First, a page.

All posts tagged Marketing Effectiveness

B2B Marketing Tips from the Funnelmentals Panel Discussion

Bizo’s B2B Funnelmentals event in San Francisco made for an exciting day; we loved all the insightful presentations and conversations. As co-sponsors of the event, we were invited to participate in a panel discussion on Modern Marketing, and the conversation uncovered lot of great insights; insights we want to share with you.

Bizo has done a fantastic job of summarizing the most valuable learnings from the full event, but we also wanted to answer some of the questions we didn’t get to during the panel. Our own Ryan Abreo has summarized the main insights from the discussion and even included a few bonus questions that weren’t answered Thursday. We hope you find it helpful.

Q: Where is content marketing headed? We’re all swimming in white papers, webinars, blog posts, videos, and Tweets; where should we be focusing our content development energy? What’s next?

With Content Marketing we’re trying to drive engagement, showcase thought leadership, increase brand awareness, support/accelerate the ‘Buyer’s Journey’ and so on; there are lots of objectives.

The biggest challenge we’re trying to overcome is content saturation and therefore prospect atrophy. The important thing then is to provide the right balance of quality and quantity: not too much content or too little, but always relevant. To nail down an efficient content marketing strategy, try to do the following:

  1. Make an impression – Ask yourself: how am I being unique? Ask yourself: is this content I would share with a relevant audience in my social network? Ask: what is my Content Reputation? Ask: is this content high quality and interesting, or mediocre and boring?
  2. Simplify Content Discovery/Curation – people have short attention spans, you have to be thoughtful about getting the right message, to the right person, at the right time, (and increasingly now) through the right channel. You have to combat content saturation with high-value, but “digestible” content.
  3. Mine Internal SME’s – content creation is expensive but there is definitely an “internal expert” within your organization; someone with great ideas but no bandwidth or competency for developing content. Facilitate content creation by making it easy on them.

Q: How has your own “marketing stack” (your CRM, marketing automation, analytics, DMP, and other tools and software) evolved over the past 24 months?

There has been a lot more off-platform, value-add development. The gaps between the services many marketing technologies offer reveal huge integration opportunities. Tools for consolidating the view of the customer and managing leads throughout the cycle will be the next big drivers of growth.

An interesting way to broaden that consideration is to look at the evolution of the entire ‘Sales and Marketing Stack’. The past 12 months have seen a climate of aggressive acquisition: Oracle [Eloqua]; SFDC [ExactTarget]; Adobe [Neolane]; Microsoft extending Dynamics via 2012 acquisitions of MarketingPilot and Social.

For the short term there are, and will continue to be, Apps or Services that extend or improve functionality as we evolve towards a “one platform” system; for now they are still fundamentally different products and services. In the long term, disparate marketing arms like social marketing, automation, CRM, and revenue performance management will be consolidated under one central program, with a slew of integrative benefits:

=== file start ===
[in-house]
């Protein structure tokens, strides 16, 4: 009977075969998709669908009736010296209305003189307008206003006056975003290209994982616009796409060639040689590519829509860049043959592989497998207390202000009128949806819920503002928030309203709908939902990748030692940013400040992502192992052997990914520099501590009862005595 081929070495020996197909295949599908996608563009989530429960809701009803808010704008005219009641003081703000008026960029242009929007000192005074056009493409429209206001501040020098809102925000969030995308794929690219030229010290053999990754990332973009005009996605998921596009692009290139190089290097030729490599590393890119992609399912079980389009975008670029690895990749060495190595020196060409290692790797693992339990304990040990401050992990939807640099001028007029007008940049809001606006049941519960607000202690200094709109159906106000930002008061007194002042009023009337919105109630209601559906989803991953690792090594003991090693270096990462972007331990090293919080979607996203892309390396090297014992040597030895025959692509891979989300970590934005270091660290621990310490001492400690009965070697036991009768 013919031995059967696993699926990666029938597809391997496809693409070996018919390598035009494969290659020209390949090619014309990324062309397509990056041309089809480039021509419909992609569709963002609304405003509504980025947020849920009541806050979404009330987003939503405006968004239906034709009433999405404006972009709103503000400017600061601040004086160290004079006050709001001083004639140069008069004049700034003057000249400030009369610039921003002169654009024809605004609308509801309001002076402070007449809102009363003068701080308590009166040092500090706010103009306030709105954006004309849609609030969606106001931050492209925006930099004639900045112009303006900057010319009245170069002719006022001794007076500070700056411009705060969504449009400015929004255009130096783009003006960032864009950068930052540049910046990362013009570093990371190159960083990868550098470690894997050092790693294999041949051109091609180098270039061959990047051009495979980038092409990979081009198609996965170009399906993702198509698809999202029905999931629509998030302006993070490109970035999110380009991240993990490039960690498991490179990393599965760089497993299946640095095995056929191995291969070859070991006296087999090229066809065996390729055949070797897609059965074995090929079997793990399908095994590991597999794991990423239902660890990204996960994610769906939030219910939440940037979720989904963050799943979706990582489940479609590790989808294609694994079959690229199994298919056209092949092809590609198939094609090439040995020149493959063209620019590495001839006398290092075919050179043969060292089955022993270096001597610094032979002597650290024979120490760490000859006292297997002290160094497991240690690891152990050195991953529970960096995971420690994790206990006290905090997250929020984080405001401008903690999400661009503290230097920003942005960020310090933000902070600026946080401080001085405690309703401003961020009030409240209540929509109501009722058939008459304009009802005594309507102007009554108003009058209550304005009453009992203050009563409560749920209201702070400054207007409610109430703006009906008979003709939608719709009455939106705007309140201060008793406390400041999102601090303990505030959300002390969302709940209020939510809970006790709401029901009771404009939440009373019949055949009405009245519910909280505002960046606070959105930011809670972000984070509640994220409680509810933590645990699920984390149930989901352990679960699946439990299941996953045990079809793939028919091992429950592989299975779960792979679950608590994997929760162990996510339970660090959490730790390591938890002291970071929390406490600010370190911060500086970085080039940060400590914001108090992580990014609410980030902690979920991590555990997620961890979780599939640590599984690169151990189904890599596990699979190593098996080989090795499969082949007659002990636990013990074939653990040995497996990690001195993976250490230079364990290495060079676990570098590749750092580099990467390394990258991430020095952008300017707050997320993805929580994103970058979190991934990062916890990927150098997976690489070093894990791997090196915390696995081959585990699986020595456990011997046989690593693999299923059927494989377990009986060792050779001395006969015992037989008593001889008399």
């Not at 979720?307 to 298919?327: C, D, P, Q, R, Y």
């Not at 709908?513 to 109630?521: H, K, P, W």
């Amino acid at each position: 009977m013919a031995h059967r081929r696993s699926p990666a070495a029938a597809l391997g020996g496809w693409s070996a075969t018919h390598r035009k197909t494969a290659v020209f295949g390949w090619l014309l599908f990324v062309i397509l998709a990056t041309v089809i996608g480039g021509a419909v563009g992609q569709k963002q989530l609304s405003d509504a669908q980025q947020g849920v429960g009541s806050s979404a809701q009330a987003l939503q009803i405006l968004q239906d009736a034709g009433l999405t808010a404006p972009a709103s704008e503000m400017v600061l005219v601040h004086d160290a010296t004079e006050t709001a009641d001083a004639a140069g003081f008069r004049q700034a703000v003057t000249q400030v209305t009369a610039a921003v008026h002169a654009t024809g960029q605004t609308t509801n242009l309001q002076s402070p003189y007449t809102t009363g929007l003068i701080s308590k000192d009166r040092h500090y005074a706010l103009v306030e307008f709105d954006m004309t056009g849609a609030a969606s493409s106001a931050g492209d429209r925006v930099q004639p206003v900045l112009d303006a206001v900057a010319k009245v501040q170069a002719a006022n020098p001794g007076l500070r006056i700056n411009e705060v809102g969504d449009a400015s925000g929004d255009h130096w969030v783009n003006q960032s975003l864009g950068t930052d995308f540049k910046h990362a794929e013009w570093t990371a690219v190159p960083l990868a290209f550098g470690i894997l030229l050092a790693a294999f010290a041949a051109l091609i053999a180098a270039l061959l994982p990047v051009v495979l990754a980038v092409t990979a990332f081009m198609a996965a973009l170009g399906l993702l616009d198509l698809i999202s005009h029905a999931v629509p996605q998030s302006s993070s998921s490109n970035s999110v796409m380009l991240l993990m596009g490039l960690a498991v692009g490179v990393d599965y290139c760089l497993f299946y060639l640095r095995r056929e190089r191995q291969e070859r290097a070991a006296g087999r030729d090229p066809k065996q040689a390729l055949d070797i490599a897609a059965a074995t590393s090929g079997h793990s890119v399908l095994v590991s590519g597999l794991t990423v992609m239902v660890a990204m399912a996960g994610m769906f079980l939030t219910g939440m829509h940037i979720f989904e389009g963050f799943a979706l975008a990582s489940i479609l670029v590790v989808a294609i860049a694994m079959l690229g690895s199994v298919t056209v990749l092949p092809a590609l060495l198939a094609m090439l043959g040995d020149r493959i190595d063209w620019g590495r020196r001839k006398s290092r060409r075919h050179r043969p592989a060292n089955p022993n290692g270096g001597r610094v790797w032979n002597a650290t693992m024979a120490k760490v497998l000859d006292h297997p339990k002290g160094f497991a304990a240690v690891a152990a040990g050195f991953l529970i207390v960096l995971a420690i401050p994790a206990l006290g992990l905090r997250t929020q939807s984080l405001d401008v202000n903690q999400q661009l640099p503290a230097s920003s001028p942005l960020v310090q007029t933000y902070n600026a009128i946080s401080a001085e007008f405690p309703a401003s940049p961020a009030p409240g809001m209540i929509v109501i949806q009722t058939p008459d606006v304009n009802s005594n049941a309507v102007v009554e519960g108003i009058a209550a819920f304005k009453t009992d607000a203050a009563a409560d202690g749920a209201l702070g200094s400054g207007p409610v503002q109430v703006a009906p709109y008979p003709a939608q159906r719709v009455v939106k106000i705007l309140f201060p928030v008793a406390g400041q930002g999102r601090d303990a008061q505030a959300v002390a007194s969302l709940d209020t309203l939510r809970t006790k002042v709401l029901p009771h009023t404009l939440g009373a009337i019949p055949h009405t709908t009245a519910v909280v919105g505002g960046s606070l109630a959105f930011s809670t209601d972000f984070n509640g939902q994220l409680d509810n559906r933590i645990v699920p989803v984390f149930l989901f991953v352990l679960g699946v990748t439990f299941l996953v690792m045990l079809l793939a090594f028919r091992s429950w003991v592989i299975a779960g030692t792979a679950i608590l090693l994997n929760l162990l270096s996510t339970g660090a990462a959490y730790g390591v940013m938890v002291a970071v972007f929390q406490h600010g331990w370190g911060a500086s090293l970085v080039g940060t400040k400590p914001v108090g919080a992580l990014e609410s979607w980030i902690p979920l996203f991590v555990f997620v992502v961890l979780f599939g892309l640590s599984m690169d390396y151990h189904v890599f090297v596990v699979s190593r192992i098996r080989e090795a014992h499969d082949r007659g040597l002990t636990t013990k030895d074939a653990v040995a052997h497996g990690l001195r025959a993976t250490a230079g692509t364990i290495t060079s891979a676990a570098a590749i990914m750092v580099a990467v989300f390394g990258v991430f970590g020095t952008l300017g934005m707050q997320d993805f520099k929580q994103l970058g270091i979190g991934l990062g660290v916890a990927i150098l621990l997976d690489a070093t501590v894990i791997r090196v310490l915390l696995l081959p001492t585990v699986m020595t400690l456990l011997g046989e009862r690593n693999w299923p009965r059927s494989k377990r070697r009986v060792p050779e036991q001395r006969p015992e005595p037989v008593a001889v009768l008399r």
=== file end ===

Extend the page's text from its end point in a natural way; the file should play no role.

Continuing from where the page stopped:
• Data Management (one ‘master’ contact and account DB)
  • Closed Loop Reporting
  • Integration Simplification
  • Better Automation, Segmentation

Q: With the rising importance of technology in marketing, how have you changed your marketing organization? It seems that every company’s marketing organization is different. Is there an optimal way to structure our marketing team? Will a best practice organizational template evolve over time?

Modern Marketing exists because there is a Modern Customer. There’s been a rise in technology to support engagement with the Modern Customer, but it’s still valuable to keep a “customer-centred vs. technology-centred” view when considering operational changes to your Marketing Organization.

Yes, you will need technologists to run your technology, but you will also need customer service experts to connect with customers on a deeper level. Best practices are always first practices; this balance of technology- and customer-centrism will help you continue to evolve over time. Two important changes that support this balance are:

  1. Adopting a more Agile Campaign Methodology– really get focused on right message, right customer, at the right time, through the right channel.
    • OREO – “You can still Dunk in the Dark”
      • 15ppl in War Room – Decision Makers, Social Media Team, Web Design Team
      • 15K Retweets, 20K Likes on FB, trending for hours after the game
      • Actionable Insight: Knowing 36% of people “second screen”
  2. Being Clinical about Testing – build your “marketing strategy” from the bottom up with a firm basis in testing. This means WAY more than A/B testing a subject line, evolving away from HiPPO or even conforming to ‘best practices’; it means finding out what works for you based on a rigorous process of hypothesis and testing.
    • Obama’s Digital Team – Crowd-sourced Fundraising for Re-Election Campaign ($500M in Donations). Key Insights:
      • Test – Do not Trust your Instincts
      • Create a Culture of Continuous Testing

Q: What are your biggest challenges right now?

There are several big challenges in Modern Marketing which are really manifestations of the same problems marketing has always faced.

  • Proving Value/ROI – “not getting the most out of our technology investments”
  • Poor relationship with sales/combatting low credibility with Sales
  • Difficulty getting past execution to developing an actual Marketing Strategy
  • Data Acquisition: collecting it, analyzing it, acting on it

A Best Practice is a First Practice

Best Practice Pinboard

In marketing, a best practice is an excellent stepping stone towards innovation, but it is not an effective steady state; the value of a message and its means of delivery both degrade with exposure.

Today, many corporations are leveraging technology as a vehicle to communicate with their customers. However, many marketing departments simply employ ‘best practice’ configurations of that technology. They see the industry standard as a utopia of efficiency; a way to guarantee effective technology spend. This is simply not the case.